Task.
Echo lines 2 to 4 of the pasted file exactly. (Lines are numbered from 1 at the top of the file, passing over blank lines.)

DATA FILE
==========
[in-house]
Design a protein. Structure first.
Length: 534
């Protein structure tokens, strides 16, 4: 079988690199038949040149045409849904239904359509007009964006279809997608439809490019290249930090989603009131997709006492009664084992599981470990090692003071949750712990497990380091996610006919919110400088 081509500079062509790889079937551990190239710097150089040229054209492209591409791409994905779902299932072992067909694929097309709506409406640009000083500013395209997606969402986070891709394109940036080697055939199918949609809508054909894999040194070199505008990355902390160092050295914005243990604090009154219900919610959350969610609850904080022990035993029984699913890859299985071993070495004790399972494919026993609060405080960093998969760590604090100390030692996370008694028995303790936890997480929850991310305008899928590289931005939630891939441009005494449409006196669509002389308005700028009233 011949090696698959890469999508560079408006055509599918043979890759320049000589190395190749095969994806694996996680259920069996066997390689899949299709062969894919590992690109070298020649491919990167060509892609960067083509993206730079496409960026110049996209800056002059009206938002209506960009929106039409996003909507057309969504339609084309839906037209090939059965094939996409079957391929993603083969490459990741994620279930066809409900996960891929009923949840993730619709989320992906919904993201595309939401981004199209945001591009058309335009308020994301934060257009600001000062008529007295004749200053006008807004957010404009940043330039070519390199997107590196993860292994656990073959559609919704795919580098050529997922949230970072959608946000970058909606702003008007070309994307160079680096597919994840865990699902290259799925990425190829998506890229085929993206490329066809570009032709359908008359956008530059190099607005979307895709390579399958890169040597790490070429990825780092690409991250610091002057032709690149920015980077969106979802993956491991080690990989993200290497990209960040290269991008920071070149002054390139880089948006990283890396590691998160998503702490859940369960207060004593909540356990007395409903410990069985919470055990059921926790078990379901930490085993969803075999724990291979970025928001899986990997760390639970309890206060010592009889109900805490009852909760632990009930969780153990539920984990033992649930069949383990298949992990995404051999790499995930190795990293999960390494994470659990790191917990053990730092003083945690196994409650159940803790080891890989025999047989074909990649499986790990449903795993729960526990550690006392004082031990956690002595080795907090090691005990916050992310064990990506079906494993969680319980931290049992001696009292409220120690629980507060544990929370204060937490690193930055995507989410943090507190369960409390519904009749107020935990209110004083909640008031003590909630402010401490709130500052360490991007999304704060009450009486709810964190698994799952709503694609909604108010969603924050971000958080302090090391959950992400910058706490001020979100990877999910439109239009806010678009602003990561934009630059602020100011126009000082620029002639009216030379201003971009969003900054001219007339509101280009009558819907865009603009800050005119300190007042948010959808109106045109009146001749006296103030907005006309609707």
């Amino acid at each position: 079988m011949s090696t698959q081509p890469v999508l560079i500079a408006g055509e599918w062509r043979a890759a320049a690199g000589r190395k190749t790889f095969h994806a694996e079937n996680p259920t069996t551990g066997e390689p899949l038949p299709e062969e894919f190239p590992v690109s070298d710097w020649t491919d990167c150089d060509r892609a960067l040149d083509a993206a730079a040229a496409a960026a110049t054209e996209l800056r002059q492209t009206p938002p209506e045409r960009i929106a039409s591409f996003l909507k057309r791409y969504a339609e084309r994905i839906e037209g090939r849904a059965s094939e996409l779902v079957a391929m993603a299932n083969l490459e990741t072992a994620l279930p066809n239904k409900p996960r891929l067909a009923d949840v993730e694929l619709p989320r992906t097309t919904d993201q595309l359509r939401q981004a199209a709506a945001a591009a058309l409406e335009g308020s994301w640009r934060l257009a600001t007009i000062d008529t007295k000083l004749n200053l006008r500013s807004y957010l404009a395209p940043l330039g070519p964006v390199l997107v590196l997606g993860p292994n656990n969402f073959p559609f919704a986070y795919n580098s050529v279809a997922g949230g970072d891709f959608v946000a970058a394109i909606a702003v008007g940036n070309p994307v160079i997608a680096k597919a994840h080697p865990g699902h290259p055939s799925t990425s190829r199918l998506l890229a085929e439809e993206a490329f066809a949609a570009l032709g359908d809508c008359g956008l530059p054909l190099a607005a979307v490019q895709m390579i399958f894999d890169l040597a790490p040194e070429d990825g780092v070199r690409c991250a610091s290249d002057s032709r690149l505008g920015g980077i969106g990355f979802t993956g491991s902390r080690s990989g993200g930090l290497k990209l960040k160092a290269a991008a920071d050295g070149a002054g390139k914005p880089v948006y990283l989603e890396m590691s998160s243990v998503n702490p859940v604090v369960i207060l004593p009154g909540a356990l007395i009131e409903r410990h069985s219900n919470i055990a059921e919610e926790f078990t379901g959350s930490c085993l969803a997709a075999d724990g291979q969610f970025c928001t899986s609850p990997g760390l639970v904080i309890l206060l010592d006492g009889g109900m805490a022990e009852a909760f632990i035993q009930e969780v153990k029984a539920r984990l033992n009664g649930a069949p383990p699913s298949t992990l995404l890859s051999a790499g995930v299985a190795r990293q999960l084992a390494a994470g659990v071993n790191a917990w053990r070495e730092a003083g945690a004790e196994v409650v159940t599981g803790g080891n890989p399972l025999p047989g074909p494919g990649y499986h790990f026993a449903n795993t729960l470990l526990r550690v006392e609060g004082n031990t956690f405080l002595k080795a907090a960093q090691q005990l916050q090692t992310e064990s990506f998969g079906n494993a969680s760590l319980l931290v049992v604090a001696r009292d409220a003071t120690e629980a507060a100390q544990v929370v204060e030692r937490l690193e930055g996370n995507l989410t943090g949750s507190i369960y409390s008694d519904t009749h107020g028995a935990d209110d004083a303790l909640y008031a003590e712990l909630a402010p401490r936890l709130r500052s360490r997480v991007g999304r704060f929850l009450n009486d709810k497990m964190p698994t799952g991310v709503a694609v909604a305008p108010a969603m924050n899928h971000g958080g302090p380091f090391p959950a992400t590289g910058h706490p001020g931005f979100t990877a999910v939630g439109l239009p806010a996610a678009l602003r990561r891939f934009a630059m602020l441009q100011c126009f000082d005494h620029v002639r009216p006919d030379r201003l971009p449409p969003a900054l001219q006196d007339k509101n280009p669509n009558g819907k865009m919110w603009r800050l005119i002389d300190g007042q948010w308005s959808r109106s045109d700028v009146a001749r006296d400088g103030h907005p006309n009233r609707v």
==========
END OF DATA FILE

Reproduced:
Design a protein. Structure first.
Length: 534
């Protein structure tokens, strides 16, 4: 079988690199038949040149045409849904239904359509007009964006279809997608439809490019290249930090989603009131997709006492009664084992599981470990090692003071949750712990497990380091996610006919919110400088 081509500079062509790889079937551990190239710097150089040229054209492209591409791409994905779902299932072992067909694929097309709506409406640009000083500013395209997606969402986070891709394109940036080697055939199918949609809508054909894999040194070199505008990355902390160092050295914005243990604090009154219900919610959350969610609850904080022990035993029984699913890859299985071993070495004790399972494919026993609060405080960093998969760590604090100390030692996370008694028995303790936890997480929850991310305008899928590289931005939630891939441009005494449409006196669509002389308005700028009233 011949090696698959890469999508560079408006055509599918043979890759320049000589190395190749095969994806694996996680259920069996066997390689899949299709062969894919590992690109070298020649491919990167060509892609960067083509993206730079496409960026110049996209800056002059009206938002209506960009929106039409996003909507057309969504339609084309839906037209090939059965094939996409079957391929993603083969490459990741994620279930066809409900996960891929009923949840993730619709989320992906919904993201595309939401981004199209945001591009058309335009308020994301934060257009600001000062008529007295004749200053006008807004957010404009940043330039070519390199997107590196993860292994656990073959559609919704795919580098050529997922949230970072959608946000970058909606702003008007070309994307160079680096597919994840865990699902290259799925990425190829998506890229085929993206490329066809570009032709359908008359956008530059190099607005979307895709390579399958890169040597790490070429990825780092690409991250610091002057032709690149920015980077969106979802993956491991080690990989993200290497990209960040290269991008920071070149002054390139880089948006990283890396590691998160998503702490859940369960207060004593909540356990007395409903410990069985919470055990059921926790078990379901930490085993969803075999724990291979970025928001899986990997760390639970309890206060010592009889109900805490009852909760632990009930969780153990539920984990033992649930069949383990298949992990995404051999790499995930190795990293999960390494994470659990790191917990053990730092003083945690196994409650159940803790080891890989025999047989074909990649499986790990449903795993729960526990550690006392004082031990956690002595080795907090090691005990916050992310064990990506079906494993969680319980931290049992001696009292409220120690629980507060544990929370204060937490690193930055995507989410943090507190369960409390519904009749107020935990209110004083909640008031003590909630402010401490709130500052360490991007999304704060009450009486709810964190698994799952709503694609909604108010969603924050971000958080302090090391959950992400910058706490001020979100990877999910439109239009806010678009602003990561934009630059602020100011126009000082620029002639009216030379201003971009969003900054001219007339509101280009009558819907865009603009800050005119300190007042948010959808109106045109009146001749006296103030907005006309609707």